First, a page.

California Will Allow Some Theme Parks to Reopen April 1, State Officials Say

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For the moment, most SoCal theme parks are in counties with the most restrictive pandemic tier, but several will likely move into the red tier in coming weeks.

Some theme parks will be eligible for reopening with “very reduced capacity” beginning next month, California officials announced Friday.

Dr. Mark Ghaly, secretary of the California Health and Human Services Agency, said in a news release, “California can begin gradually and safely bringing back more activities, especially those that occur outdoors and where consistent masking is possible. Even with these changes, California retains some of the most robust public health protocols in the country.”

Theme parks around the state have been in a bitter stalemate with Gov. Gavin Newsom for the better part of a year, pushing to be allowed to reopen with new health and safety measures in place. Disney had been the most vocal.

“We are encouraged that theme parks now have a path toward reopening this spring, getting thousands of people back to work and greatly helping neighboring businesses and our entire community," Disneyland Resort president Ken Potrock stated. "With responsible Disney safety protocols already implemented around the world, we can’t wait to welcome our guests back and look forward to sharing an opening date soon."

For the moment, most Southern California theme parks are in counties with the most restrictive pandemic tier, but several, including Orange County where Disneyland is located, will likely move into the red tier in coming weeks. That tier will now allow 20 percent capacity and in-state visitors only.

“Today’s announcement from the Newsom administration is very encouraging news for California’s amusement parks," said Erin Guerrero, executive director of California Attractions and Parks Association. "Parks now have a framework to safely and responsibly reopen. We appreciate the administration’s willingness to work with the state’s theme parks on the finer details of the plan so parks can responsibly reopen soon, putting people safely back to work and reinvigorating local economies.”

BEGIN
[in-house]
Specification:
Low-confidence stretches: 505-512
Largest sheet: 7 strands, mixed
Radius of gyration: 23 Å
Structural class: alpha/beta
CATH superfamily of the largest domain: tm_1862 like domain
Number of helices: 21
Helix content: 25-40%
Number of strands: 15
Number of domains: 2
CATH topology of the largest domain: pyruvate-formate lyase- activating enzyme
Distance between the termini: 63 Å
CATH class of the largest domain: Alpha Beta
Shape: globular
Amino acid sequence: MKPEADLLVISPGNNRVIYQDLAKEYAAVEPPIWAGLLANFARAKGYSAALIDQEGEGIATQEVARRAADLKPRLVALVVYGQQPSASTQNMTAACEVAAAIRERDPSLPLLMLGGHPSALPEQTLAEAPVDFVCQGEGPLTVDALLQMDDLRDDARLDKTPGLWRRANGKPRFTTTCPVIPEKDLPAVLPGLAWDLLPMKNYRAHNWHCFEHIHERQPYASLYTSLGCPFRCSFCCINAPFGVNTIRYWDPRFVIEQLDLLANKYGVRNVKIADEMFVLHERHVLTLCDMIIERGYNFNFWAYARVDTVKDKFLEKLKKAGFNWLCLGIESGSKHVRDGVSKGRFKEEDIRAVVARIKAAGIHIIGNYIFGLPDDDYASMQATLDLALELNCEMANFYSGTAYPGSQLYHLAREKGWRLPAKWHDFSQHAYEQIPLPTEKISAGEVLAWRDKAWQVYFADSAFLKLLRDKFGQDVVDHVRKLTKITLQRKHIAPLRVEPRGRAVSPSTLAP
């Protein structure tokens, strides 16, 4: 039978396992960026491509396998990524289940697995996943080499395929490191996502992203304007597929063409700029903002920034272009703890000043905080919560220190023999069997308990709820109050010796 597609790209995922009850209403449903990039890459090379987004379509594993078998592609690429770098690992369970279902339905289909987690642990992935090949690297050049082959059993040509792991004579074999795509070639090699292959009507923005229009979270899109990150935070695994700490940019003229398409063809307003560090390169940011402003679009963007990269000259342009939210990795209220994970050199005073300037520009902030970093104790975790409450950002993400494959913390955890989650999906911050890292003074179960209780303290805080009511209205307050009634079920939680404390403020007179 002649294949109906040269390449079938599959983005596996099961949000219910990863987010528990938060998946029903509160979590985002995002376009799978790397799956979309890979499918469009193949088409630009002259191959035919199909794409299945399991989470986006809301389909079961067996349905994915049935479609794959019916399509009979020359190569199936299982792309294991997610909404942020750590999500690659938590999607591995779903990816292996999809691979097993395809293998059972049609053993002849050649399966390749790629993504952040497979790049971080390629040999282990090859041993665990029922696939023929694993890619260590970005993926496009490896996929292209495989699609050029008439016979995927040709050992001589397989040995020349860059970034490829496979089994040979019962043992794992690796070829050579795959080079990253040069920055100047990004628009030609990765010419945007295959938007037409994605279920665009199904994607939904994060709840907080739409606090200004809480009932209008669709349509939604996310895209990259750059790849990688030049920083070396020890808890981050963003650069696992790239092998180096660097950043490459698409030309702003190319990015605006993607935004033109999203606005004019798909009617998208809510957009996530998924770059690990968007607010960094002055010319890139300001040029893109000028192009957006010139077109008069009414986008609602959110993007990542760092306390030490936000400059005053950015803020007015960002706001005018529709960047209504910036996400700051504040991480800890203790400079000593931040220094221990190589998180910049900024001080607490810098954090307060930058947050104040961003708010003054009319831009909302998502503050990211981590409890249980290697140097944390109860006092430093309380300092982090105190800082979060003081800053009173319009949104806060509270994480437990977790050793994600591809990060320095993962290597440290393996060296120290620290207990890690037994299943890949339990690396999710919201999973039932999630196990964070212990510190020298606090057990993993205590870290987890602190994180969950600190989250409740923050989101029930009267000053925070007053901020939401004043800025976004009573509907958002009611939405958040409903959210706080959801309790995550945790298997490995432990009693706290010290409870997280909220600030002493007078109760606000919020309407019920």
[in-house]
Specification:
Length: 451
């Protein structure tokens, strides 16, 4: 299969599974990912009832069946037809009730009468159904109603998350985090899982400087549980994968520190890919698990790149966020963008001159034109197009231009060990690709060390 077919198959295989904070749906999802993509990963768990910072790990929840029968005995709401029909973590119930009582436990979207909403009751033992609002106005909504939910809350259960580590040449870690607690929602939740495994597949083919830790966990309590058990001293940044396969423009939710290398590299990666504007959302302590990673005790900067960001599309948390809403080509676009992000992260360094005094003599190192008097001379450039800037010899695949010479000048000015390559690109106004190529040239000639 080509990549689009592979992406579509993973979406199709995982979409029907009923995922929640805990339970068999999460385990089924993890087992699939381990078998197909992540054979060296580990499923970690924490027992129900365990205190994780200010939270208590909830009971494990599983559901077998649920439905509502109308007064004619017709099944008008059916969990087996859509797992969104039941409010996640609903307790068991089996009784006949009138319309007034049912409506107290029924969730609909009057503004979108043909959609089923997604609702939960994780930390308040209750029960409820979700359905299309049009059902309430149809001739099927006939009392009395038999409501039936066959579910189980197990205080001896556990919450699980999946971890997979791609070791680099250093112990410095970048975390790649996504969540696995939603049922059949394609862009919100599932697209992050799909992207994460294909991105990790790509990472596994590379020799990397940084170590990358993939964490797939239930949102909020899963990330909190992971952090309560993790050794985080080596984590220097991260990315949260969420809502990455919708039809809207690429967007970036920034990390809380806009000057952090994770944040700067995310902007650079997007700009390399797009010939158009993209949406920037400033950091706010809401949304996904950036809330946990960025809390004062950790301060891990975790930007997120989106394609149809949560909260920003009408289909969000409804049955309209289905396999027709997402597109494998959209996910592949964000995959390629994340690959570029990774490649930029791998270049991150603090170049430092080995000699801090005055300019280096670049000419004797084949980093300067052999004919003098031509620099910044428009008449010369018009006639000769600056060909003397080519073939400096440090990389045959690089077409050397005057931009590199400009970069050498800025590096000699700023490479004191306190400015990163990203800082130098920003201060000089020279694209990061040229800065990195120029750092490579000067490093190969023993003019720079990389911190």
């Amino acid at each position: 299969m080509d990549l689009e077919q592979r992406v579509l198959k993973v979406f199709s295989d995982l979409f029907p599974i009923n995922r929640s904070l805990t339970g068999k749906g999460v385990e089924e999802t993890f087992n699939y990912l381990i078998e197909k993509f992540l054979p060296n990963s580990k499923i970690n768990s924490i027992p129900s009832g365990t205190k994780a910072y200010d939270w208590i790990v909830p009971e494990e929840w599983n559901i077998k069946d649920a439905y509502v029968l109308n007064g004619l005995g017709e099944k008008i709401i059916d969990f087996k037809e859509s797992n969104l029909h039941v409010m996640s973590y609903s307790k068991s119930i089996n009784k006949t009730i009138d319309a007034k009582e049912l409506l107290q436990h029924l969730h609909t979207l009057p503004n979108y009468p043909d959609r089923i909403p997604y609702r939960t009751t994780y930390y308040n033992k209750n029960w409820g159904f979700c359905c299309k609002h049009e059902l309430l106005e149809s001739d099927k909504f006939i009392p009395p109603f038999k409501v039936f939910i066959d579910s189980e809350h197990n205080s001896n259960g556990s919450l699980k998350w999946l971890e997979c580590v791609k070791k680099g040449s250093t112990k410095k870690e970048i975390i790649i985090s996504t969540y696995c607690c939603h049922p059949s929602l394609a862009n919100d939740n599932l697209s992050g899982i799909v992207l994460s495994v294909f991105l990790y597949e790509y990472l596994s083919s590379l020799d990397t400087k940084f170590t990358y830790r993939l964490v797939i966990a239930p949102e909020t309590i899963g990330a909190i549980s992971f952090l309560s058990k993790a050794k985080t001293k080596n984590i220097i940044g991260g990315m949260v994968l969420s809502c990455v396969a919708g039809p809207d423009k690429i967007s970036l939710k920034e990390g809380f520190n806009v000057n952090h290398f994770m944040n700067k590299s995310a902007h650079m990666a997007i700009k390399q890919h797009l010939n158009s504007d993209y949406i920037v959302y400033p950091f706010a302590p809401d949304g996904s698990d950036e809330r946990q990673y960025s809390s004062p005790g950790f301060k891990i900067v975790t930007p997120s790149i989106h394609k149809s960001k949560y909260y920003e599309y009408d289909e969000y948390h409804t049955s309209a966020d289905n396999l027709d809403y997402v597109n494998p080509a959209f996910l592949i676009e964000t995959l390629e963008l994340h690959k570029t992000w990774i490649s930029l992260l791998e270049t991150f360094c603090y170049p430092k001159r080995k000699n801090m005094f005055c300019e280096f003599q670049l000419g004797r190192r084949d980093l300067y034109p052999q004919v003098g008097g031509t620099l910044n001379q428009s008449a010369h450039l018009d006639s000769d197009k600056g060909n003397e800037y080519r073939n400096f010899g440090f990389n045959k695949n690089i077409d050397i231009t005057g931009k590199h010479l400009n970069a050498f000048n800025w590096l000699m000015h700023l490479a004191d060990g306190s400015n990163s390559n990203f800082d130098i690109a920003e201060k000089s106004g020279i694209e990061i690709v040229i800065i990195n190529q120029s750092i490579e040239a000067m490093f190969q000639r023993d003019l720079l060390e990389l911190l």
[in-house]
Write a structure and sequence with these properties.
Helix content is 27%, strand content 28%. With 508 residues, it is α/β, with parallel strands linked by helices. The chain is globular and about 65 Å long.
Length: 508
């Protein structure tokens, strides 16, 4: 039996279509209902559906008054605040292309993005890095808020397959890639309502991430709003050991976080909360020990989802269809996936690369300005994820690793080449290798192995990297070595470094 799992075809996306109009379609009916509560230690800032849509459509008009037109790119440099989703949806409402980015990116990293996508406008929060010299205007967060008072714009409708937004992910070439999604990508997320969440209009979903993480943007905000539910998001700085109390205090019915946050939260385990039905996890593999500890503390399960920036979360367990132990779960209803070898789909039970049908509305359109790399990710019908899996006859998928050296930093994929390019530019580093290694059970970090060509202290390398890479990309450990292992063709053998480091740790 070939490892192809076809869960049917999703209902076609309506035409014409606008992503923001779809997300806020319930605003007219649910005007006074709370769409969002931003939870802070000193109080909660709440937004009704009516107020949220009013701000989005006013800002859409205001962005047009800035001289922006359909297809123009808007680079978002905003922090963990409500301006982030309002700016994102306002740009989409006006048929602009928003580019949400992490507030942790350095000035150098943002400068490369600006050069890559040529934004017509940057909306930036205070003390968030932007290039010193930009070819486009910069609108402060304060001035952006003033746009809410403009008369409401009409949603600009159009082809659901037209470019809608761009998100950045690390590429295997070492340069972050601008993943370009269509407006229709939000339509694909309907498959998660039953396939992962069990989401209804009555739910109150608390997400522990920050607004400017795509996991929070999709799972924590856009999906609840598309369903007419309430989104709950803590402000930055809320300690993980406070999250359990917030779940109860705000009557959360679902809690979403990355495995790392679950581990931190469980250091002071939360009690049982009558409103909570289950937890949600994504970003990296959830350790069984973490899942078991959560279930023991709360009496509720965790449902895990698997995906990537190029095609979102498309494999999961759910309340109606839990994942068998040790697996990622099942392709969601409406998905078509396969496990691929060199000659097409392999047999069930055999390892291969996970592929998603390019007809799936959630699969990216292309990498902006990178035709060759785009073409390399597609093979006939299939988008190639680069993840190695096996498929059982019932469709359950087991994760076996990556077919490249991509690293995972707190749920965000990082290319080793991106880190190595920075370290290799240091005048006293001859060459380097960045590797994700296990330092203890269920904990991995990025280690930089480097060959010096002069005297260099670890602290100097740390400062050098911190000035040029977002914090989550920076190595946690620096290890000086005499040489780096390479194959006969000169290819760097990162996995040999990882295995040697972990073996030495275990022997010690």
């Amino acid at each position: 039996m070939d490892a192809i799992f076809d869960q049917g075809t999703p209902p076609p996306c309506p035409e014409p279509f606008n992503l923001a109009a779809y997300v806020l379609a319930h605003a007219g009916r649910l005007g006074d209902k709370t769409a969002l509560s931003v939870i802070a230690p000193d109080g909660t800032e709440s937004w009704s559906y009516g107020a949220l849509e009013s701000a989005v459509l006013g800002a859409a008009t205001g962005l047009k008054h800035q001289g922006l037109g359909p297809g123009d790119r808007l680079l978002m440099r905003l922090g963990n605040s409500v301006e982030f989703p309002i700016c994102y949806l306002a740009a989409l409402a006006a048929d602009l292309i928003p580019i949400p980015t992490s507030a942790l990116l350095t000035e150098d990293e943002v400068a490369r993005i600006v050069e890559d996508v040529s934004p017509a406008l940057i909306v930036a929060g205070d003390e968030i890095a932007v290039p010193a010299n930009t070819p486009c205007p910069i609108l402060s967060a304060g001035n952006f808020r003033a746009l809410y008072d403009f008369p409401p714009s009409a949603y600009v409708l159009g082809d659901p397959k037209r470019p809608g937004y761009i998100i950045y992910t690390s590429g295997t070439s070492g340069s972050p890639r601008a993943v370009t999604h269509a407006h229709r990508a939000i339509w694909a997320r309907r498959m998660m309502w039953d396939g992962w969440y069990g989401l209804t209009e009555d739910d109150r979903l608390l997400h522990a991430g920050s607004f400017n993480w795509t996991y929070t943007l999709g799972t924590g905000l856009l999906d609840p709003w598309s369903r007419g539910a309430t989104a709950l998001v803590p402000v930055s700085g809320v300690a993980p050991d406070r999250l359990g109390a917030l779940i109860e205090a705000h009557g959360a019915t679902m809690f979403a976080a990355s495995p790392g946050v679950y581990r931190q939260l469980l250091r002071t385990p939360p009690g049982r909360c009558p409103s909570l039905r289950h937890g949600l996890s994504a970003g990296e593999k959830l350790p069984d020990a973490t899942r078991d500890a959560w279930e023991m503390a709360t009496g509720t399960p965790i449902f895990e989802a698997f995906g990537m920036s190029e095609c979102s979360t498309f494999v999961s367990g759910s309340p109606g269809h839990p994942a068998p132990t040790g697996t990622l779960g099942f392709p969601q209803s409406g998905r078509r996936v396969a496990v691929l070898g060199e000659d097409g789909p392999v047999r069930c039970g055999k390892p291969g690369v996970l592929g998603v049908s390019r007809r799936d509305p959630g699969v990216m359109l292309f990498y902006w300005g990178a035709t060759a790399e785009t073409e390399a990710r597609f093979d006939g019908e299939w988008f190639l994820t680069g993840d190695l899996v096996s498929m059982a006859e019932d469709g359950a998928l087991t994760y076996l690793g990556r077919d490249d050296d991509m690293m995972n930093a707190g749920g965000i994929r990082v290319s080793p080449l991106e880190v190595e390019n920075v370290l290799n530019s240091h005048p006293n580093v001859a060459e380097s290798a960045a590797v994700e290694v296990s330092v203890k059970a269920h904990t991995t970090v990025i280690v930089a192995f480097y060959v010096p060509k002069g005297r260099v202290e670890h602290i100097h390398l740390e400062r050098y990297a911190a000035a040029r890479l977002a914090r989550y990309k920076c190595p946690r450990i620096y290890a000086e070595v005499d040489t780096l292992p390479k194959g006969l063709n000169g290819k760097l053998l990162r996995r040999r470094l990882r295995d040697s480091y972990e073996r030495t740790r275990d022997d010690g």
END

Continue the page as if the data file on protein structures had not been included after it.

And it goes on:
All the theme parks shuttered around mid-March last year as the pandemic took hold over the country. The results of those closures have been devastating for the companies, employees and communities in which they operate.

Anaheim Mayor Harry Sidhu recently told The Hollywood Reporter that the theme parks' closure has had a “profound impact” on the region. “Unemployment in our city is now 9 percent, or 15,000 people, and has been as high as 12 percent — numbers not seen since the Great Recession,” Sidhu said. “Anaheim faces a $115 million budget deficit from lost revenue from hotel stays and visitor spending.”

The major announcement comes as Newsom is facing political pressure to reopen more businesses as organizers aim to collect 1.49 million signatures before a March 17 deadline to kick-start a recall election.